Post-Chávez crisis an opportunity for Venezuela


Supporters of Venezuelan President Hugo Chavez pray in a chapel outside the Caracas military hospital in Caracas March 5, 2013.

Article Highlights

  • With more audacious leadership among Venezuela’s democrats, Chávez’s legacy might be buried with him.

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  • Americans need to know that a struggle is underway in Venezuela that could replace an anti-US narcostate with an ally.

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  • For the sake of Venezuela and its people, this is the time for good people to do what they know is right.

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Alas, Hugo Chávez will not live long enough to atone for his abuse of millions of Venezuelans nor to correct the corrupt and destructive policies that have wrecked the country he leaves behind. Moreover, although his cronies and their Cuban handlers are maneuvering to hold on to power, a Chavista succession is neither stable nor sustainable. With more audacious leadership among Venezuela’s democrats and intelligent solidarity from abroad, Chávez’s legacy might be buried with him.

The foundations of Chavismo are being shaken by an impending socioeconomic meltdown, a faltering oil sector, bitter in-fighting in his own movement, complicity with drug-trafficking and terrorism, rampant street crime, the inept performance by Chávez’s anointed successor, and growing popular rejection of Cuban interference, corrupt institutions, and rigged elections. Beset by these challenges and with Chávez no longer at the top of the ballot, the regime will use every advantage to engineer a victory in a special election to choose a new president.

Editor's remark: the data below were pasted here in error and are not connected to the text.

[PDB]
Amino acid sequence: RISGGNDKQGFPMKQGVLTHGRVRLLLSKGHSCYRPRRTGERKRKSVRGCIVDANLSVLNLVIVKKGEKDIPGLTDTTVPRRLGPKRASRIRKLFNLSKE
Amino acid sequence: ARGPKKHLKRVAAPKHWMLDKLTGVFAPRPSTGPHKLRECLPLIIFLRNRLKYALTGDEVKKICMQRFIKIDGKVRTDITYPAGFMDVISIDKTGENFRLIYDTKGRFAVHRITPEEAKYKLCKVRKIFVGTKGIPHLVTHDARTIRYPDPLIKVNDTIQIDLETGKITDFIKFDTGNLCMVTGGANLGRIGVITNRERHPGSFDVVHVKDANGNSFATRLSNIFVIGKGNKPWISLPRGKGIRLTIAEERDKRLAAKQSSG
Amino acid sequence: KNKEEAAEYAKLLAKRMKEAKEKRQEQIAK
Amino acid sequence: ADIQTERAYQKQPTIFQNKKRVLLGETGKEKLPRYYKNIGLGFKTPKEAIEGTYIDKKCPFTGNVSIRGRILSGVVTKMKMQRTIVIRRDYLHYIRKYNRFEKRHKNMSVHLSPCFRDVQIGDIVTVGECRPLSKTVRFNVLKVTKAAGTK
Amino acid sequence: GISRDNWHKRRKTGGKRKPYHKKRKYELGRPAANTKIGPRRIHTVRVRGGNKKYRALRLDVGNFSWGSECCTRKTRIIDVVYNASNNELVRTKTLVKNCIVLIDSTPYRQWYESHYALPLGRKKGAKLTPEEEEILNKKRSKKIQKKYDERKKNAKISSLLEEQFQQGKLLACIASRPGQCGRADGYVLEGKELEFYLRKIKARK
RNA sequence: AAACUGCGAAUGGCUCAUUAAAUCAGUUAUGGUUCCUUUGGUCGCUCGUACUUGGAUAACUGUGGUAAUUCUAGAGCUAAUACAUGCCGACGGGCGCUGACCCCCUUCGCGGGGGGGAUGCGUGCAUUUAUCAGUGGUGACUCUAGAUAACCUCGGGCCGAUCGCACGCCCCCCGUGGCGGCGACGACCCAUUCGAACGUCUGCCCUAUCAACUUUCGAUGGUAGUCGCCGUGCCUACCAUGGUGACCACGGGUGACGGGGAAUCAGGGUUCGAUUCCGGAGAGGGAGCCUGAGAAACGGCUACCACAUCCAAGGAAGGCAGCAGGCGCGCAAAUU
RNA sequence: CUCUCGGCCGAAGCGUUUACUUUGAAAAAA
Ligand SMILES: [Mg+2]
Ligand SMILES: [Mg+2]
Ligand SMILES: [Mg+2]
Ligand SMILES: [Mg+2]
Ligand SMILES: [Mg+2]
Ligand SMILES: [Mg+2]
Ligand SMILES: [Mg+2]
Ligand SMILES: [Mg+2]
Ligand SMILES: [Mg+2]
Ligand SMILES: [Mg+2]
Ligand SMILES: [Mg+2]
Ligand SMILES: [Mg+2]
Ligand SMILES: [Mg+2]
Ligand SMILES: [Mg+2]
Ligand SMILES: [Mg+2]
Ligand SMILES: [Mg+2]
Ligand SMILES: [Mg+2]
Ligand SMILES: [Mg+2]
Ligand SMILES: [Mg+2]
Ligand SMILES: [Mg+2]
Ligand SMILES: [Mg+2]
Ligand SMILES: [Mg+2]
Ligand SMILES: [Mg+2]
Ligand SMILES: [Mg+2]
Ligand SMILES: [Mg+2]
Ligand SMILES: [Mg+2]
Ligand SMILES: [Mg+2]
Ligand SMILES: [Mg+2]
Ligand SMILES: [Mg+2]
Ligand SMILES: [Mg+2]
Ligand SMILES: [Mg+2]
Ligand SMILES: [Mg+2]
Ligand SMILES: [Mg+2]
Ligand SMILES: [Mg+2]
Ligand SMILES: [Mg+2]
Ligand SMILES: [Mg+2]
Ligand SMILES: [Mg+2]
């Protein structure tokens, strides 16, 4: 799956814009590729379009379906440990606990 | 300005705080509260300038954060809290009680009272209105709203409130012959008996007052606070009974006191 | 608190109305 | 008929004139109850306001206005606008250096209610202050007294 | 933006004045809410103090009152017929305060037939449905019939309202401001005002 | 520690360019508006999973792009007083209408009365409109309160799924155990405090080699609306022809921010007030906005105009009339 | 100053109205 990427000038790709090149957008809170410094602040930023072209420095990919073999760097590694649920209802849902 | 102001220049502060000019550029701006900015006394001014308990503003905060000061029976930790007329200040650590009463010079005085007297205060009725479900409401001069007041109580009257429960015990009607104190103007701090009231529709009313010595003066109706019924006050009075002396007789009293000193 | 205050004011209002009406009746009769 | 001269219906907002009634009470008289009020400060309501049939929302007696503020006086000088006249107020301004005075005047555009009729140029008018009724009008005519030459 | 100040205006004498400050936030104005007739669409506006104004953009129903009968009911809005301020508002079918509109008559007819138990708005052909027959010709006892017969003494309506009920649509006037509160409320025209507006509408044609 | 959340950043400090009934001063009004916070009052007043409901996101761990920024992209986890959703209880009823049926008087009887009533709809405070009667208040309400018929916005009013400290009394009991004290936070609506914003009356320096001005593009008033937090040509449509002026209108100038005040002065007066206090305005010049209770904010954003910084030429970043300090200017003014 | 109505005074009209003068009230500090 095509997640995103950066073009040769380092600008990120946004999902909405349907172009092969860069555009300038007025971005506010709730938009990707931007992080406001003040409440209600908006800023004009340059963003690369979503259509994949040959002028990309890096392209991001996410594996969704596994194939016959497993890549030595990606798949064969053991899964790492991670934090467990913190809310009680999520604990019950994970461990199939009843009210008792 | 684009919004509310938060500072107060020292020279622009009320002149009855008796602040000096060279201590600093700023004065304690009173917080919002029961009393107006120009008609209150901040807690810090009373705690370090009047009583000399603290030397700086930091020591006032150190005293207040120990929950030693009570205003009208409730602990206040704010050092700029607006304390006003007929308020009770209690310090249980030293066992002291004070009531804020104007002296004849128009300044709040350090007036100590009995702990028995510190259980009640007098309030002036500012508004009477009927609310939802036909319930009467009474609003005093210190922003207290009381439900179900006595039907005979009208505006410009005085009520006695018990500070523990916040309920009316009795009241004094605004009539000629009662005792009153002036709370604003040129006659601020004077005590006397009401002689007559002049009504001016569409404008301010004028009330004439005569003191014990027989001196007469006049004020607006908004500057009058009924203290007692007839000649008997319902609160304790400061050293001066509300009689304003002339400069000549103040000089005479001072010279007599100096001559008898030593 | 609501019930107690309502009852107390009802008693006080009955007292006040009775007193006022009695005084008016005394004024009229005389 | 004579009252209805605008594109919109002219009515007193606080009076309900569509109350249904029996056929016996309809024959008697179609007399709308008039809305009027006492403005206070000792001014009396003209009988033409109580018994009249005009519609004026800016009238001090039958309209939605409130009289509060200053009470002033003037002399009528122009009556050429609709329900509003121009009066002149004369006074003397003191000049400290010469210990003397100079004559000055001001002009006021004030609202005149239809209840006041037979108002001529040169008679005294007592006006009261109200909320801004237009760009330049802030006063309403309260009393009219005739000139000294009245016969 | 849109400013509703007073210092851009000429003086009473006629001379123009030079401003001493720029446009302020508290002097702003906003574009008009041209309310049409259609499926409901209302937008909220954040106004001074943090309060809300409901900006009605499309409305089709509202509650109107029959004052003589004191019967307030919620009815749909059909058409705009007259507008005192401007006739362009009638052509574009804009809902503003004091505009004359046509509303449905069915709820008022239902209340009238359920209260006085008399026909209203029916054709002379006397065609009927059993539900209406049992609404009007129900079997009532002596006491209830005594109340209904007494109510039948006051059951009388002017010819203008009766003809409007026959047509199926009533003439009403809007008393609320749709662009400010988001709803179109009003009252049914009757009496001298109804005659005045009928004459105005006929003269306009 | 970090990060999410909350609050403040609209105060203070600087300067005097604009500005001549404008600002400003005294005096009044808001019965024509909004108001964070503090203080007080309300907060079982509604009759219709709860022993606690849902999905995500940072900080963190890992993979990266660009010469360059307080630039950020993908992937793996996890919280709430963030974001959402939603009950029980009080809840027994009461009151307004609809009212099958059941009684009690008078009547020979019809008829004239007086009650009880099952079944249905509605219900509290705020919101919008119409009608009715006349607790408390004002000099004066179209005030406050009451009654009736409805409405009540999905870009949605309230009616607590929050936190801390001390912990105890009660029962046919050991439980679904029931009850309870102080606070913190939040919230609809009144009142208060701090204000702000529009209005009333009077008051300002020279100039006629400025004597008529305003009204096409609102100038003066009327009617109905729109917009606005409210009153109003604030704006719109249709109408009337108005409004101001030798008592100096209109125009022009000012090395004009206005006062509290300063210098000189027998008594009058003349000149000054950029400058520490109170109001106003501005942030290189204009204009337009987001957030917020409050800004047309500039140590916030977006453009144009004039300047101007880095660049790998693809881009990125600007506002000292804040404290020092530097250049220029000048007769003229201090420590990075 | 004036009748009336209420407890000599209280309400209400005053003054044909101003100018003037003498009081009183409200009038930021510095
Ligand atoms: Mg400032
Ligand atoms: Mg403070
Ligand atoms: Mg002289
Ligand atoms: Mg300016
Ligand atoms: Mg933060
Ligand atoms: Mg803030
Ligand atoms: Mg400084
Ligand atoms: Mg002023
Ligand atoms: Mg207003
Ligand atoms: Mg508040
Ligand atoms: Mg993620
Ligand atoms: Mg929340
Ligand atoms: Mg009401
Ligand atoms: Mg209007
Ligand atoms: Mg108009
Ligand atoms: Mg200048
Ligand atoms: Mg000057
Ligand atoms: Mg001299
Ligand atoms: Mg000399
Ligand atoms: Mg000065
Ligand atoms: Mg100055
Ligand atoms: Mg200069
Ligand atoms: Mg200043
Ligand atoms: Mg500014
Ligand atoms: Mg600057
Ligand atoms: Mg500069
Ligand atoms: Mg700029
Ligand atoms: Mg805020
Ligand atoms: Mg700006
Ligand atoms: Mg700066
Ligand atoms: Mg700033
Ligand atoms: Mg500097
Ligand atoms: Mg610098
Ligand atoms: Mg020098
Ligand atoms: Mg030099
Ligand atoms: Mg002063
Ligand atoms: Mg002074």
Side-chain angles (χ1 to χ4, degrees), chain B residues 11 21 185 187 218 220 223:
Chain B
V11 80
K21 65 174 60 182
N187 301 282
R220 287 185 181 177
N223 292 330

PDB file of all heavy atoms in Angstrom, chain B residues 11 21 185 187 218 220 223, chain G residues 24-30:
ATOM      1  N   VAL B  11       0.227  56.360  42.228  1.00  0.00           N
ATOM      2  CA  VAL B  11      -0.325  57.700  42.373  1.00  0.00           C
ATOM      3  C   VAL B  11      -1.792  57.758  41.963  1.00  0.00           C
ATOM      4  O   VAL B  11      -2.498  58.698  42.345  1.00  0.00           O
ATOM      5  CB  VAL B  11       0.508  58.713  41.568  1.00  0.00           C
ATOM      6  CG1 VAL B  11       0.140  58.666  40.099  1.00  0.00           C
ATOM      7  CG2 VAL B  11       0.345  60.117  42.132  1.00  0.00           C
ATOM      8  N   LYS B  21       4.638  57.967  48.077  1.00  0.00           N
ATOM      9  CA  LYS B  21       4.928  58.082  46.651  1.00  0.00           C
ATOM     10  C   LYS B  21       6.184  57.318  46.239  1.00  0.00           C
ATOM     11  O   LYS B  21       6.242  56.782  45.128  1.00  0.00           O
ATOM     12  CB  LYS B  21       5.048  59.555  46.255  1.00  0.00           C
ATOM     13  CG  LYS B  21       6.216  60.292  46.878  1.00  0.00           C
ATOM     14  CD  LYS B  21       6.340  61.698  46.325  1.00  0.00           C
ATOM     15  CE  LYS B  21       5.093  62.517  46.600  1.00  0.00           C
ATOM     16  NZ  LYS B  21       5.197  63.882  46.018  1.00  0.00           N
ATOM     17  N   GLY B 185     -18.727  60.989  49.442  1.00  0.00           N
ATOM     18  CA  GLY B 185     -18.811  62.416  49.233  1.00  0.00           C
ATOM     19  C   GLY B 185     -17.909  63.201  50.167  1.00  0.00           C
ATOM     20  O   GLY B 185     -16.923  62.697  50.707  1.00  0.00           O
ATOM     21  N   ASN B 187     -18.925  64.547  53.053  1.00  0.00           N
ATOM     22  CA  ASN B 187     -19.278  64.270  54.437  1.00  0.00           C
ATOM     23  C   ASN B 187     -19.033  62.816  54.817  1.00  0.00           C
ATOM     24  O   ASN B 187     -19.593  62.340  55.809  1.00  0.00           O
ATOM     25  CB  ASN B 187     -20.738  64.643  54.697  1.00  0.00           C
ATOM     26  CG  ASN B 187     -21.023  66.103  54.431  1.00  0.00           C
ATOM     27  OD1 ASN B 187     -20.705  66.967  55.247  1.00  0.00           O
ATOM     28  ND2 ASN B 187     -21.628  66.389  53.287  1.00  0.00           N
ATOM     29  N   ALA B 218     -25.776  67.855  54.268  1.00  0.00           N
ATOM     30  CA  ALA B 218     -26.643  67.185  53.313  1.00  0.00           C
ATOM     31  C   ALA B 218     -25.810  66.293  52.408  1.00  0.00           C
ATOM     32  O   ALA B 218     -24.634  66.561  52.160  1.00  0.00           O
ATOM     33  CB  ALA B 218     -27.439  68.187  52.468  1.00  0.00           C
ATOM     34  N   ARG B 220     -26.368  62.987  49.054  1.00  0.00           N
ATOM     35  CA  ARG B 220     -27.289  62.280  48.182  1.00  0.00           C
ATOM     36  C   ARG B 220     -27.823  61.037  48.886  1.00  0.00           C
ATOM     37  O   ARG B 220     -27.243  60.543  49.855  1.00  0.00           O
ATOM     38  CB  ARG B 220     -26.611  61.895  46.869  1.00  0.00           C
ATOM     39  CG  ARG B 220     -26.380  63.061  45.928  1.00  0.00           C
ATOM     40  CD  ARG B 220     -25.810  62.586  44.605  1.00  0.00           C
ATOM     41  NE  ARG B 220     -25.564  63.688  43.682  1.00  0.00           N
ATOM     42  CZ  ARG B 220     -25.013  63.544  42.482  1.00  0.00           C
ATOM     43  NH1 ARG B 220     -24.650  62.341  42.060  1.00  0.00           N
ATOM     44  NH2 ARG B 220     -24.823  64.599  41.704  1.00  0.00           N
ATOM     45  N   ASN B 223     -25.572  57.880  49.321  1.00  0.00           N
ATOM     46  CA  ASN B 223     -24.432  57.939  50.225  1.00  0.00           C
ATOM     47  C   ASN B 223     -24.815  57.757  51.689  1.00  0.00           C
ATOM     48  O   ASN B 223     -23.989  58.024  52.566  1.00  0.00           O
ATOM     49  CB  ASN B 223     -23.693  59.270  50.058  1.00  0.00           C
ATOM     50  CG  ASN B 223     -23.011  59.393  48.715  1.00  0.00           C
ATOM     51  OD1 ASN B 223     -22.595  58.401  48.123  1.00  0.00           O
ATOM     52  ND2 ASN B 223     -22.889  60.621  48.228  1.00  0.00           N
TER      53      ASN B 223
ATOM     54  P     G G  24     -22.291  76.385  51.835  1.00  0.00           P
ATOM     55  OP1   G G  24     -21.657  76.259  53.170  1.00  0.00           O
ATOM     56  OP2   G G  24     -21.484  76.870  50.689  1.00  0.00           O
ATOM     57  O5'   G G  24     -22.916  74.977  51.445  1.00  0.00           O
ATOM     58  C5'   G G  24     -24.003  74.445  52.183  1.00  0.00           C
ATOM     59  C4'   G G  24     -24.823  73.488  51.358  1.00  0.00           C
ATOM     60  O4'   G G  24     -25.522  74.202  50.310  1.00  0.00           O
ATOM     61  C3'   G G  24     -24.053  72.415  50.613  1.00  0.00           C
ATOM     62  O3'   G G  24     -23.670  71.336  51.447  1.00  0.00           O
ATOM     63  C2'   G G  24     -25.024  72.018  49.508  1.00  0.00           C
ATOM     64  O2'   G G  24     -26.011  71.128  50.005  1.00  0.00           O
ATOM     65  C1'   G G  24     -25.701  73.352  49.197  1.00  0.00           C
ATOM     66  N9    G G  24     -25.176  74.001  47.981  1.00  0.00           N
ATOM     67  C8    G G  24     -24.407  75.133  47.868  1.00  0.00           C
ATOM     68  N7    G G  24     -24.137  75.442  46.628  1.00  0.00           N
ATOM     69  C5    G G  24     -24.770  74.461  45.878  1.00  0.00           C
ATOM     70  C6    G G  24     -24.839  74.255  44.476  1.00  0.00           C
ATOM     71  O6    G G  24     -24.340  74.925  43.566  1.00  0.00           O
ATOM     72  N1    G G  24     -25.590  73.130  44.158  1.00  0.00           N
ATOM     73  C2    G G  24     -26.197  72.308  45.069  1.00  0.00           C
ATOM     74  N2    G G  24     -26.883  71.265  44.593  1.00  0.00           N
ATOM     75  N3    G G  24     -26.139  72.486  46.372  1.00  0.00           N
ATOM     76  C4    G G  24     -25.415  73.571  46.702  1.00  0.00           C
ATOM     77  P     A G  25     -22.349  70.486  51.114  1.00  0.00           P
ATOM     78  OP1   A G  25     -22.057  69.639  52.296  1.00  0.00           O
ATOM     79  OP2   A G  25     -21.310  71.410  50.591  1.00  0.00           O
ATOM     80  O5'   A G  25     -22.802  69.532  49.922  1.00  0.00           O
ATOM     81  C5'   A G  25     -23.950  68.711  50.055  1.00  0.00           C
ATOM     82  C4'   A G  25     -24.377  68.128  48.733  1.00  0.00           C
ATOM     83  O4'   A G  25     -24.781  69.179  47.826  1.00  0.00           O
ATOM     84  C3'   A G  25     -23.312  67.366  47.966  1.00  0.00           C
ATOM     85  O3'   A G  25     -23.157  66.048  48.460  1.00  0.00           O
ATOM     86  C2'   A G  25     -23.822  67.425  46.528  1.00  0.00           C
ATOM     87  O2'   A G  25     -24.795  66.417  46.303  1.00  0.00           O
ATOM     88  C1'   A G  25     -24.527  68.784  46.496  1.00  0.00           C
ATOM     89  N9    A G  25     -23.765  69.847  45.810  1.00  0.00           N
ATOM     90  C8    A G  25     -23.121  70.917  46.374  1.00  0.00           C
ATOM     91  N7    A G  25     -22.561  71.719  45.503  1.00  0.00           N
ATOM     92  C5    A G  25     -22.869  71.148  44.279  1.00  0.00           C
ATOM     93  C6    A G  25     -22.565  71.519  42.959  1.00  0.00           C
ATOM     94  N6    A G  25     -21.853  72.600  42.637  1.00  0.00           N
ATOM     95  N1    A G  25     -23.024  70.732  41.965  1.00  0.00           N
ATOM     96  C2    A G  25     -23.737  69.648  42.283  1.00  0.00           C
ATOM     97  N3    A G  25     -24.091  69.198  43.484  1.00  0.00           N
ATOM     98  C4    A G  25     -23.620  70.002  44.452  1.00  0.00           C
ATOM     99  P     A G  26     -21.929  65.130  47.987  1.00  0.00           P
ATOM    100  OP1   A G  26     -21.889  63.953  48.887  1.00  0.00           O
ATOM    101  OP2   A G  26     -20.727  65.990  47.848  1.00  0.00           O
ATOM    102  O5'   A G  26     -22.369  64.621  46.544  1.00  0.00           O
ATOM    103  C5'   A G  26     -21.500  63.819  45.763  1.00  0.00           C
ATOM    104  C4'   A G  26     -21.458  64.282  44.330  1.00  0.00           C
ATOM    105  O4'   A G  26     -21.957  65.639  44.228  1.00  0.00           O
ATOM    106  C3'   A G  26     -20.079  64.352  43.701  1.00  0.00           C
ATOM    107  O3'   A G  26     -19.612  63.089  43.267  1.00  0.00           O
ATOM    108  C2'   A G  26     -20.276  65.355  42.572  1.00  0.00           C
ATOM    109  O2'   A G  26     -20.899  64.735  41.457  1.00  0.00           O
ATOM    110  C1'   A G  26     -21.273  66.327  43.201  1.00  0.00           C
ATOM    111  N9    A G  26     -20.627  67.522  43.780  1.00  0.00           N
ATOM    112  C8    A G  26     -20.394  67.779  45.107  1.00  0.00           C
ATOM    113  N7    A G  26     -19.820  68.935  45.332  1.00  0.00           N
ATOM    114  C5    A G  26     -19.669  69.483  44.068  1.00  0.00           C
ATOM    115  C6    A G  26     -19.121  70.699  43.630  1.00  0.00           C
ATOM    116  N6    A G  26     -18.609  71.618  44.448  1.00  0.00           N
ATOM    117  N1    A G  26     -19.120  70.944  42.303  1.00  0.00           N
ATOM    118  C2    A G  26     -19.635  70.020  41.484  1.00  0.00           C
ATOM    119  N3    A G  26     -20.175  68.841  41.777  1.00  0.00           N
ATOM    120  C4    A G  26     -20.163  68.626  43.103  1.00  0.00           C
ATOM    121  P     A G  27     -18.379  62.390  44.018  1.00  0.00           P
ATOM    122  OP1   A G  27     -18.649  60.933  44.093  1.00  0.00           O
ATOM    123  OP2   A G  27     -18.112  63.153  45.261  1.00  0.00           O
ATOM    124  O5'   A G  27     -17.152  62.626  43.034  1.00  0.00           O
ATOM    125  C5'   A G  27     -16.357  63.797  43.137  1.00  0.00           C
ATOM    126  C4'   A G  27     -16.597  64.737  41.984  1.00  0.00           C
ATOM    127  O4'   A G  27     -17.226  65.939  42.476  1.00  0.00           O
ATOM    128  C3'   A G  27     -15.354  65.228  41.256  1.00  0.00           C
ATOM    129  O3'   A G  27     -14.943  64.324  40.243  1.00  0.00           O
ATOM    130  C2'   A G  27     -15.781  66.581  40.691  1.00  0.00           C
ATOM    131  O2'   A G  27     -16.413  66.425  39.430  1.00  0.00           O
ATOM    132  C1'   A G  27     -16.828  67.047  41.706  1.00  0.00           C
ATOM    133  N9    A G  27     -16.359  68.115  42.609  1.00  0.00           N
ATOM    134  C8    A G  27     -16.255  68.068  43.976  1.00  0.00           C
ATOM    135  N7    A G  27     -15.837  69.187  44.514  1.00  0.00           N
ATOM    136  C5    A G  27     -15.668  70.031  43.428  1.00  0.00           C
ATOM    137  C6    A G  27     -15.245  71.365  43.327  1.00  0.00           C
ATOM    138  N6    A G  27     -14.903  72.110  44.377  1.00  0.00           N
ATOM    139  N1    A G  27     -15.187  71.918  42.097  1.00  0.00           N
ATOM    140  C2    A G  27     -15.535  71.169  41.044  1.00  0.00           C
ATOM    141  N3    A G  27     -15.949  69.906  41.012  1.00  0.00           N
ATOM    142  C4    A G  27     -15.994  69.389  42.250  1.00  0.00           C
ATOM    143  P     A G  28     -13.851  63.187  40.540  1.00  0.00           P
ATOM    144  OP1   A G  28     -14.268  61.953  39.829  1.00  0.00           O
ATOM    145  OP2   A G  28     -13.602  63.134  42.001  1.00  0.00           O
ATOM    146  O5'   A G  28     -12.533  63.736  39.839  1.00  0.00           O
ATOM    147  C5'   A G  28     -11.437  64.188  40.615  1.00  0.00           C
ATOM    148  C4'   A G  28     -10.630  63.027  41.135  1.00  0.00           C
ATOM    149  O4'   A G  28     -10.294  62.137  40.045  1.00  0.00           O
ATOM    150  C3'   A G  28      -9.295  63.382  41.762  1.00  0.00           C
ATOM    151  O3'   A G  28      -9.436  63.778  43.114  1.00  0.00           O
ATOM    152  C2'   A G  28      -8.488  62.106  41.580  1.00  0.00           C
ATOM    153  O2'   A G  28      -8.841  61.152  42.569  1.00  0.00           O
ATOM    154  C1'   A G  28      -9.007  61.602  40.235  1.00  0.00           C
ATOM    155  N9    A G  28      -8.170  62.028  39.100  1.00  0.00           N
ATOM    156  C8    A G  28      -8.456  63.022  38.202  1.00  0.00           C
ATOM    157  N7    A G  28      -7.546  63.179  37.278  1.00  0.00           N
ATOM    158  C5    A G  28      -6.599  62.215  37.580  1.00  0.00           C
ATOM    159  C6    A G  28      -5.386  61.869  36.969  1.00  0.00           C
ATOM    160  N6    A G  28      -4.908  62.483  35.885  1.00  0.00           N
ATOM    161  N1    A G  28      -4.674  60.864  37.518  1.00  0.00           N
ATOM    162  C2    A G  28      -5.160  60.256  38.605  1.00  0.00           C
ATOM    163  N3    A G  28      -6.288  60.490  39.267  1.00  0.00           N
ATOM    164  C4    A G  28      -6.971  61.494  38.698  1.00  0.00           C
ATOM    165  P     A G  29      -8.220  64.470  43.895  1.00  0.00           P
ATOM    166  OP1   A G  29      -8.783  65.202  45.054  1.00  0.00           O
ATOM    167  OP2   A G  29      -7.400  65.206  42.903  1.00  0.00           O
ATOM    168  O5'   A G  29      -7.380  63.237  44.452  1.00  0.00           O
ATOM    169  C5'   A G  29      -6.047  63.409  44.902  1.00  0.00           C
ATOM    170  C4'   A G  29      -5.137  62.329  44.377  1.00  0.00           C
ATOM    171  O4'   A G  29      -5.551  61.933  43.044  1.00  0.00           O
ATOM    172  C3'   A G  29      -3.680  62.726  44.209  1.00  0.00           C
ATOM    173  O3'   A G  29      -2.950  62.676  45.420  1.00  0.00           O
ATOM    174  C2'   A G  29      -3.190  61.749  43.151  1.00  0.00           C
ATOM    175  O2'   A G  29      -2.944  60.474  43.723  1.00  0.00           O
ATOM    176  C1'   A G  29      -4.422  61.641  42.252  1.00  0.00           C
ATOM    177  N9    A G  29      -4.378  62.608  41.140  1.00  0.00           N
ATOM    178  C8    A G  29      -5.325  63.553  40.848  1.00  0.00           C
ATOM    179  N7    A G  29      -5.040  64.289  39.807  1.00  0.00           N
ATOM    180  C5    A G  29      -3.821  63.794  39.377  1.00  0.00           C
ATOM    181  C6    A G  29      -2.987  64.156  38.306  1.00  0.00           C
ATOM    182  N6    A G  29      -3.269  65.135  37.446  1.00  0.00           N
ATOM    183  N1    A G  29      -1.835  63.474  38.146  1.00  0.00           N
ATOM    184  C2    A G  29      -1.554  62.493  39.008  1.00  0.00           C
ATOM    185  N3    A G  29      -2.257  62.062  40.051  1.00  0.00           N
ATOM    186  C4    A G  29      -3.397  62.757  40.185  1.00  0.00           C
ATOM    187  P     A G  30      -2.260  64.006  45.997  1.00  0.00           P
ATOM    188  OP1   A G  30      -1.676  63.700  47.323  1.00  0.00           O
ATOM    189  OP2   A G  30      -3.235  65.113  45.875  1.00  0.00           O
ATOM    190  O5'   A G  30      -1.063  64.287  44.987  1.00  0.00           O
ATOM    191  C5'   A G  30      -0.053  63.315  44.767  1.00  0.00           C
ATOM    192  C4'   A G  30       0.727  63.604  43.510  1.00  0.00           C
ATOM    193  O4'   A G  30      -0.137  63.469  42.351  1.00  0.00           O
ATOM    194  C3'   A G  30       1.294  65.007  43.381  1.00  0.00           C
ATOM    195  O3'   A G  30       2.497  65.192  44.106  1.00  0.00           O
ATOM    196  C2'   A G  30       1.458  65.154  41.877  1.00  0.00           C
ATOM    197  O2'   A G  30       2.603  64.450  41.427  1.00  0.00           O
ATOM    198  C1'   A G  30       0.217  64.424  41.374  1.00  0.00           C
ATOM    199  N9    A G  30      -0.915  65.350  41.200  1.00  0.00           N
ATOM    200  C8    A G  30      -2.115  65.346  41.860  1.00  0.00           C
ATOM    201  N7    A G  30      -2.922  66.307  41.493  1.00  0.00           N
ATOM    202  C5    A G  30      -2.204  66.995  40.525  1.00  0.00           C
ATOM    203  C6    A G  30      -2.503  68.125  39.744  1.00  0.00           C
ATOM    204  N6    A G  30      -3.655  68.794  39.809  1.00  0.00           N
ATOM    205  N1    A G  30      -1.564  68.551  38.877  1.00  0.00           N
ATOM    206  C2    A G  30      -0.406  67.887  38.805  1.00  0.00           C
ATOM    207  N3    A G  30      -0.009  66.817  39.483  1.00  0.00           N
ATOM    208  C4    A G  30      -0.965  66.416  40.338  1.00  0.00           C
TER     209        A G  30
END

A currency devaluation last month was too little and too late to break the fall of a Venezuelan economy that has been decimated by gross mismanagement, staggering corruption, and policies that were meant to strangle the independent private sector. The Chavista economic team is scrambling to stabilize the economy in advance of the election, but its incompetence is evident as it ratchets up restrictions that will stifle production and commerce. Inflation, food shortages, power outages, and crumbling infrastructure are taking a terrible toll on the quality of life of all Venezuelans.

Unlike in the past, Venezuela will not be saved by a windfall of oil revenues, because production is greatly diminished and oversubscribed. Contrary to official numbers, actual production is 2.4 million barrels per day, far below a peak of 3.3 million before Chávez. And sweetheart deals with China, Russia, and Iran as well as giveaways to Cuba and other client states in the Caribbean and Central America are bleeding Venezuela dry. Although China loaned about $28 billion to Chávez in the last 18 months, Beijing has closed its checkbook because of the questionable legality of the interim regime and the simple fact that Venezuela has no crude oil left to sell. As a result of this mess, there are reports that Venezuela is actually importing gasoline to satisfy domestic demand. In short, Chávez politicized the state-run oil company and treated its revenue as his petty cash fund – now the company is ruined and the till is empty.